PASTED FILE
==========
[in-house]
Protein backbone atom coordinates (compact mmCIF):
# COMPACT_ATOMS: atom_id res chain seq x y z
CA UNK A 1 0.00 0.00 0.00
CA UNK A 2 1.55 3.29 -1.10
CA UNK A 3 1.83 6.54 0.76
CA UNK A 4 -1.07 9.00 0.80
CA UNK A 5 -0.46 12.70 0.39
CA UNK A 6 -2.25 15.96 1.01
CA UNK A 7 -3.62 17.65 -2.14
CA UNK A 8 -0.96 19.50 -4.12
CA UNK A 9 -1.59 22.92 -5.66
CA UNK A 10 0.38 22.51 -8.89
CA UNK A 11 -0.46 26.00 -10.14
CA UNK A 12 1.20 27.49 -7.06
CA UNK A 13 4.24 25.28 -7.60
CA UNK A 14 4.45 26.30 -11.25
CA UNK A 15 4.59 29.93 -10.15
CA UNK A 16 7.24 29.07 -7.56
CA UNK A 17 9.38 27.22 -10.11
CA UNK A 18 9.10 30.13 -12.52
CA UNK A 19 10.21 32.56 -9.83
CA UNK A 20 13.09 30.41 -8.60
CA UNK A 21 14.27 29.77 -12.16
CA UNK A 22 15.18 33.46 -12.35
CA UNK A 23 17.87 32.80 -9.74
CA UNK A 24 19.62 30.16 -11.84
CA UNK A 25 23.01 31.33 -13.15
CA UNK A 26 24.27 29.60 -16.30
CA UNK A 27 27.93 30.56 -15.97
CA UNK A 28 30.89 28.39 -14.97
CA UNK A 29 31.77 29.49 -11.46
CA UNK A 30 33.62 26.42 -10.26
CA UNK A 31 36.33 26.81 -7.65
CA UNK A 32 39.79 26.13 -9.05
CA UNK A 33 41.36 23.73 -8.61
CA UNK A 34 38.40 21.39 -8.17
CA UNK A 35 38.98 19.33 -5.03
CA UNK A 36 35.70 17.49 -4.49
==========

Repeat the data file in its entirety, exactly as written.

[in-house]
Protein backbone atom coordinates (compact mmCIF):
# COMPACT_ATOMS: atom_id res chain seq x y z
CA UNK A 1 0.00 0.00 0.00
CA UNK A 2 1.55 3.29 -1.10
CA UNK A 3 1.83 6.54 0.76
CA UNK A 4 -1.07 9.00 0.80
CA UNK A 5 -0.46 12.70 0.39
CA UNK A 6 -2.25 15.96 1.01
CA UNK A 7 -3.62 17.65 -2.14
CA UNK A 8 -0.96 19.50 -4.12
CA UNK A 9 -1.59 22.92 -5.66
CA UNK A 10 0.38 22.51 -8.89
CA UNK A 11 -0.46 26.00 -10.14
CA UNK A 12 1.20 27.49 -7.06
CA UNK A 13 4.24 25.28 -7.60
CA UNK A 14 4.45 26.30 -11.25
CA UNK A 15 4.59 29.93 -10.15
CA UNK A 16 7.24 29.07 -7.56
CA UNK A 17 9.38 27.22 -10.11
CA UNK A 18 9.10 30.13 -12.52
CA UNK A 19 10.21 32.56 -9.83
CA UNK A 20 13.09 30.41 -8.60
CA UNK A 21 14.27 29.77 -12.16
CA UNK A 22 15.18 33.46 -12.35
CA UNK A 23 17.87 32.80 -9.74
CA UNK A 24 19.62 30.16 -11.84
CA UNK A 25 23.01 31.33 -13.15
CA UNK A 26 24.27 29.60 -16.30
CA UNK A 27 27.93 30.56 -15.97
CA UNK A 28 30.89 28.39 -14.97
CA UNK A 29 31.77 29.49 -11.46
CA UNK A 30 33.62 26.42 -10.26
CA UNK A 31 36.33 26.81 -7.65
CA UNK A 32 39.79 26.13 -9.05
CA UNK A 33 41.36 23.73 -8.61
CA UNK A 34 38.40 21.39 -8.17
CA UNK A 35 38.98 19.33 -5.03
CA UNK A 36 35.70 17.49 -4.49